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Hong Kong cuisine

Hong Kong cuisine is a set of culinary traditions of the Hong Kong population. Public catering predominates in the city, which is largely facilitated by both the employment of the population and the characteristics of housing (due to the high cost of real estate in Hong Kong, there are very small apartments, many of them have no kitchens at all).

Most city residents prefer to eat in restaurants and street eateries, of which there are more than 14 thousand in Hong Kong. Almost all culinary styles and trends are represented, but Cantonese cuisine (Yuetsai) predominates, the culinary traditions of which are native to the majority of the local population.

During the period of British rule, Cantonese cuisine synthesized both European elements and elements of other Chinese and Asian cuisines. As a result, Hong Kong cuisine, with the clear dominance of Cantonese traditions, contains elements of British.

American, Japanese, Indian, Beijing, Sichuan and other cuisines of the world, as well as local cuisines of the largest ethnic groups in Hong Kong (Chaoshan cuisine, common among the Chaoshan people, Hakka cuisine, common among Hakka, Fujianese cuisine common among Hoklo, and Shanghainese cuisine common among Shanghainese).

Thanks to its status as an international financial, transport and tourism center, Hong Kong has become a kind of gastronomic “incubator” and a center of new culinary trends. Chefs from all over the world come here for knowledge and ideas; gastronomic and beer festivals, exhibitions of beverages and food technologies are often held here. Many travel guides and food reviews call Hong Kong a “foodie’s paradise” and a “world’s fair of food.” The selection ranges from some of Asia’s best street food establishments to upscale fine dining restaurants run by celebrity chefs.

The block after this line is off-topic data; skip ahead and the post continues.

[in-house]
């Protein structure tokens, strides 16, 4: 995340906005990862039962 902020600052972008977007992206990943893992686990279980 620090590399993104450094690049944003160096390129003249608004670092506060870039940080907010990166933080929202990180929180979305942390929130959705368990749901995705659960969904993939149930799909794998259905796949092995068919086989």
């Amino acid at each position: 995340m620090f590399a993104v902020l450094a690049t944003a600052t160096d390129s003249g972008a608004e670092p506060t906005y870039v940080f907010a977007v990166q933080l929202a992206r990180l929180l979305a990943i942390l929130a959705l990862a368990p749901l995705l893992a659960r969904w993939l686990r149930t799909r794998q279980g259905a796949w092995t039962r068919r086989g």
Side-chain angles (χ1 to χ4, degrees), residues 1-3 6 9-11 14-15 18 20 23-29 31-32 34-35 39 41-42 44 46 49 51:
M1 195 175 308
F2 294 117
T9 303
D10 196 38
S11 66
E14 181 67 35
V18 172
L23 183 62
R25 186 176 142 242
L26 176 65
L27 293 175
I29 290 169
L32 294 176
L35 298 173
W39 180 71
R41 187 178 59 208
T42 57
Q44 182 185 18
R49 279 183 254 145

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European cuisine, also referred to as Western or continental, is an umbrella term for the diverse cuisines of Europe, as well as the European-influenced cuisines of North America, Australasia, Oceania and Latin America. European cuisines vary markedly depending on the country, region – living conditions, cultural traditions and food preferences – however, they are united by “European”, continental origin. Despite the differences, what European cuisine has in common is…

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Curry is the name of a variety of spicy, thick liquid dishes made from stewed vegetables, legumes and/or meat, common in southern India. Curries are usually flavored with a spicy blend of spices and are usually served with rice. The curry spice mixture is also called curry.

Oyster sauce is a sauce made from oysters. Typically, oyster sauce refers to a thick, dark sauce popular in Southeast Asia, made from sugar, salt, oyster essence and cornstarch as a thickener. Even though oyster sauce is made from seafood, it does not have a “fishy” taste or smell. When making a vegetarian version, mushrooms, usually oyster or shiitake mushrooms, are used instead of oysters. Oyster sauce adds a salty, savory flavor to food…
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